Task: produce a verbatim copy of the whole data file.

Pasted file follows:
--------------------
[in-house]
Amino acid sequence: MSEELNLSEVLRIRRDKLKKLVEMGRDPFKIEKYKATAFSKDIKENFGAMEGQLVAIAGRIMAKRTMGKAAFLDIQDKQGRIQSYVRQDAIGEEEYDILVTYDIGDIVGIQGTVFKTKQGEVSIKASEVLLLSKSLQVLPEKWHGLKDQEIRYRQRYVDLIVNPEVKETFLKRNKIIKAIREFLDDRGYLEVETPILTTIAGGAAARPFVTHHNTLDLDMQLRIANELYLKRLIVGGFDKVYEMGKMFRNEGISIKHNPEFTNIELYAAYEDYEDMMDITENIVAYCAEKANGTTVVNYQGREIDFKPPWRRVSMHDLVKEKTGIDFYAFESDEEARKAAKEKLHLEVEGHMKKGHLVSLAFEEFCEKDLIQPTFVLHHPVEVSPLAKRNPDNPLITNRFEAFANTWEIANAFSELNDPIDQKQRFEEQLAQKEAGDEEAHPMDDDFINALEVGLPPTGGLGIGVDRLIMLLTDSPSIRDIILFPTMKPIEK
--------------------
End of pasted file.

[in-house]
Amino acid sequence: MSEELNLSEVLRIRRDKLKKLVEMGRDPFKIEKYKATAFSKDIKENFGAMEGQLVAIAGRIMAKRTMGKAAFLDIQDKQGRIQSYVRQDAIGEEEYDILVTYDIGDIVGIQGTVFKTKQGEVSIKASEVLLLSKSLQVLPEKWHGLKDQEIRYRQRYVDLIVNPEVKETFLKRNKIIKAIREFLDDRGYLEVETPILTTIAGGAAARPFVTHHNTLDLDMQLRIANELYLKRLIVGGFDKVYEMGKMFRNEGISIKHNPEFTNIELYAAYEDYEDMMDITENIVAYCAEKANGTTVVNYQGREIDFKPPWRRVSMHDLVKEKTGIDFYAFESDEEARKAAKEKLHLEVEGHMKKGHLVSLAFEEFCEKDLIQPTFVLHHPVEVSPLAKRNPDNPLITNRFEAFANTWEIANAFSELNDPIDQKQRFEEQLAQKEAGDEEAHPMDDDFINALEVGLPPTGGLGIGVDRLIMLLTDSPSIRDIILFPTMKPIEK